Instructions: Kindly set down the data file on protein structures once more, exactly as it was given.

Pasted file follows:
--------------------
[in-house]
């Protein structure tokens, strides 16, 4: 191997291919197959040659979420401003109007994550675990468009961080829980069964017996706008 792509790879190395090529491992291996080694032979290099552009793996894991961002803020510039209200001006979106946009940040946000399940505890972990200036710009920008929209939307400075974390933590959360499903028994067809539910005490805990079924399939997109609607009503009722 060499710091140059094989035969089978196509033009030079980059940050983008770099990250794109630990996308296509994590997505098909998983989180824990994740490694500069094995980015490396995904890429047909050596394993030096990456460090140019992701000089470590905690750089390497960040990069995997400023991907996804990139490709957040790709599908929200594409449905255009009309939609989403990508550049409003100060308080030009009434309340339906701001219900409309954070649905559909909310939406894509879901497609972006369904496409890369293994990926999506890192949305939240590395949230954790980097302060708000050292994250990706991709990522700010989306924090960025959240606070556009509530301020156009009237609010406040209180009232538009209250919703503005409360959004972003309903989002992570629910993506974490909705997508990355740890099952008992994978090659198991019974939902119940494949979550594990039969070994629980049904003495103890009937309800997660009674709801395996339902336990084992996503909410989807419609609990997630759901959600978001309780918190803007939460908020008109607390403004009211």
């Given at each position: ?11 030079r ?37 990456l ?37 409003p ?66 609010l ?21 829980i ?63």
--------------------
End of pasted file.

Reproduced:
[in-house]
């Protein structure tokens, strides 16, 4: 191997291919197959040659979420401003109007994550675990468009961080829980069964017996706008 792509790879190395090529491992291996080694032979290099552009793996894991961002803020510039209200001006979106946009940040946000399940505890972990200036710009920008929209939307400075974390933590959360499903028994067809539910005490805990079924399939997109609607009503009722 060499710091140059094989035969089978196509033009030079980059940050983008770099990250794109630990996308296509994590997505098909998983989180824990994740490694500069094995980015490396995904890429047909050596394993030096990456460090140019992701000089470590905690750089390497960040990069995997400023991907996804990139490709957040790709599908929200594409449905255009009309939609989403990508550049409003100060308080030009009434309340339906701001219900409309954070649905559909909310939406894509879901497609972006369904496409890369293994990926999506890192949305939240590395949230954790980097302060708000050292994250990706991709990522700010989306924090960025959240606070556009509530301020156009009237609010406040209180009232538009209250919703503005409360959004972003309903989002992570629910993506974490909705997508990355740890099952008992994978090659198991019974939902119940494949979550594990039969070994629980049904003495103890009937309800997660009674709801395996339902336990084992996503909410989807419609609990997630759901959600978001309780918190803007939460908020008109607390403004009211």
């Given at each position: ?11 030079r ?37 990456l ?37 409003p ?66 609010l ?21 829980i ?63």